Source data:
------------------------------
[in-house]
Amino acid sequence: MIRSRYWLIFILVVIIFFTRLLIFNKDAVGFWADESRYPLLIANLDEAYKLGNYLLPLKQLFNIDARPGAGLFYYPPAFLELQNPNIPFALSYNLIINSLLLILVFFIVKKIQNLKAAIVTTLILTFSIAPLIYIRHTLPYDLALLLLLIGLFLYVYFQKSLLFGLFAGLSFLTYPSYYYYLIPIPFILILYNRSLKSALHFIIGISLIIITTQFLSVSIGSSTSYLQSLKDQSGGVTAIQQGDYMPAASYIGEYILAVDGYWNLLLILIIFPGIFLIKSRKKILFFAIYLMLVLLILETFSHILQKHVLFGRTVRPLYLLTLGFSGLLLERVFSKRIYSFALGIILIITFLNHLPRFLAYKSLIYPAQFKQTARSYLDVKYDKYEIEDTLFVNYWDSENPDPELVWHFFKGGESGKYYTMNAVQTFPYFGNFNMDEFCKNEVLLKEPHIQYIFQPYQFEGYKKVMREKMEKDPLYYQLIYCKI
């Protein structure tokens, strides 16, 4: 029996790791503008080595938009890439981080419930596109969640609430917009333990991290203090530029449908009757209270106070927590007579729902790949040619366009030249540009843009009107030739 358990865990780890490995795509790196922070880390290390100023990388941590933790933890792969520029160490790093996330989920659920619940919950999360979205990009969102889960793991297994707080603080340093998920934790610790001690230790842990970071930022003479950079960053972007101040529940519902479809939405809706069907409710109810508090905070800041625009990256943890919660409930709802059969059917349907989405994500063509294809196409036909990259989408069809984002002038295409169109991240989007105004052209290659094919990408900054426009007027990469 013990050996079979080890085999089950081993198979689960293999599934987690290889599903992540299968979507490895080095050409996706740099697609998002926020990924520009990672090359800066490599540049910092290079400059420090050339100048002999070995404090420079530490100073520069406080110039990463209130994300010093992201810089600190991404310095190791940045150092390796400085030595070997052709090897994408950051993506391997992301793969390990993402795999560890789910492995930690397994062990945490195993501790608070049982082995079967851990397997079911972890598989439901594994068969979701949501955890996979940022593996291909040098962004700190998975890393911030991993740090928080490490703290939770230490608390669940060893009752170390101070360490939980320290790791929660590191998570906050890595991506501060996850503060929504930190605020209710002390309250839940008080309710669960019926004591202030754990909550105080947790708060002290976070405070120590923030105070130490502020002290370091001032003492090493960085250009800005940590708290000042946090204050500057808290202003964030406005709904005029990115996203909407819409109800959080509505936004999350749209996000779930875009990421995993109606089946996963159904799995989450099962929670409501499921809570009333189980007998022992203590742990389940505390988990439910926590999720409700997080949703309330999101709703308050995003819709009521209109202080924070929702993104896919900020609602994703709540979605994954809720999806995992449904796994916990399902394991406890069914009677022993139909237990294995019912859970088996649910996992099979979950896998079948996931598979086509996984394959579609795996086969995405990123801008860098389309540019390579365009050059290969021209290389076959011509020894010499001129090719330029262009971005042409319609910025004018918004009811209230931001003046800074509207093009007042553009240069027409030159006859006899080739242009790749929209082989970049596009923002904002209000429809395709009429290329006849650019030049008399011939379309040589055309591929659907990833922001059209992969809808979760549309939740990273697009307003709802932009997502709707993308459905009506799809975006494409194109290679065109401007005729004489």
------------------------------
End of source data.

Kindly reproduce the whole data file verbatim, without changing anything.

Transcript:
[in-house]
Amino acid sequence: MIRSRYWLIFILVVIIFFTRLLIFNKDAVGFWADESRYPLLIANLDEAYKLGNYLLPLKQLFNIDARPGAGLFYYPPAFLELQNPNIPFALSYNLIINSLLLILVFFIVKKIQNLKAAIVTTLILTFSIAPLIYIRHTLPYDLALLLLLIGLFLYVYFQKSLLFGLFAGLSFLTYPSYYYYLIPIPFILILYNRSLKSALHFIIGISLIIITTQFLSVSIGSSTSYLQSLKDQSGGVTAIQQGDYMPAASYIGEYILAVDGYWNLLLILIIFPGIFLIKSRKKILFFAIYLMLVLLILETFSHILQKHVLFGRTVRPLYLLTLGFSGLLLERVFSKRIYSFALGIILIITFLNHLPRFLAYKSLIYPAQFKQTARSYLDVKYDKYEIEDTLFVNYWDSENPDPELVWHFFKGGESGKYYTMNAVQTFPYFGNFNMDEFCKNEVLLKEPHIQYIFQPYQFEGYKKVMREKMEKDPLYYQLIYCKI
């Protein structure tokens, strides 16, 4: 029996790791503008080595938009890439981080419930596109969640609430917009333990991290203090530029449908009757209270106070927590007579729902790949040619366009030249540009843009009107030739 358990865990780890490995795509790196922070880390290390100023990388941590933790933890792969520029160490790093996330989920659920619940919950999360979205990009969102889960793991297994707080603080340093998920934790610790001690230790842990970071930022003479950079960053972007101040529940519902479809939405809706069907409710109810508090905070800041625009990256943890919660409930709802059969059917349907989405994500063509294809196409036909990259989408069809984002002038295409169109991240989007105004052209290659094919990408900054426009007027990469 013990050996079979080890085999089950081993198979689960293999599934987690290889599903992540299968979507490895080095050409996706740099697609998002926020990924520009990672090359800066490599540049910092290079400059420090050339100048002999070995404090420079530490100073520069406080110039990463209130994300010093992201810089600190991404310095190791940045150092390796400085030595070997052709090897994408950051993506391997992301793969390990993402795999560890789910492995930690397994062990945490195993501790608070049982082995079967851990397997079911972890598989439901594994068969979701949501955890996979940022593996291909040098962004700190998975890393911030991993740090928080490490703290939770230490608390669940060893009752170390101070360490939980320290790791929660590191998570906050890595991506501060996850503060929504930190605020209710002390309250839940008080309710669960019926004591202030754990909550105080947790708060002290976070405070120590923030105070130490502020002290370091001032003492090493960085250009800005940590708290000042946090204050500057808290202003964030406005709904005029990115996203909407819409109800959080509505936004999350749209996000779930875009990421995993109606089946996963159904799995989450099962929670409501499921809570009333189980007998022992203590742990389940505390988990439910926590999720409700997080949703309330999101709703308050995003819709009521209109202080924070929702993104896919900020609602994703709540979605994954809720999806995992449904796994916990399902394991406890069914009677022993139909237990294995019912859970088996649910996992099979979950896998079948996931598979086509996984394959579609795996086969995405990123801008860098389309540019390579365009050059290969021209290389076959011509020894010499001129090719330029262009971005042409319609910025004018918004009811209230931001003046800074509207093009007042553009240069027409030159006859006899080739242009790749929209082989970049596009923002904002209000429809395709009429290329006849650019030049008399011939379309040589055309591929659907990833922001059209992969809808979760549309939740990273697009307003709802932009997502709707993308459905009506799809975006494409194109290679065109401007005729004489």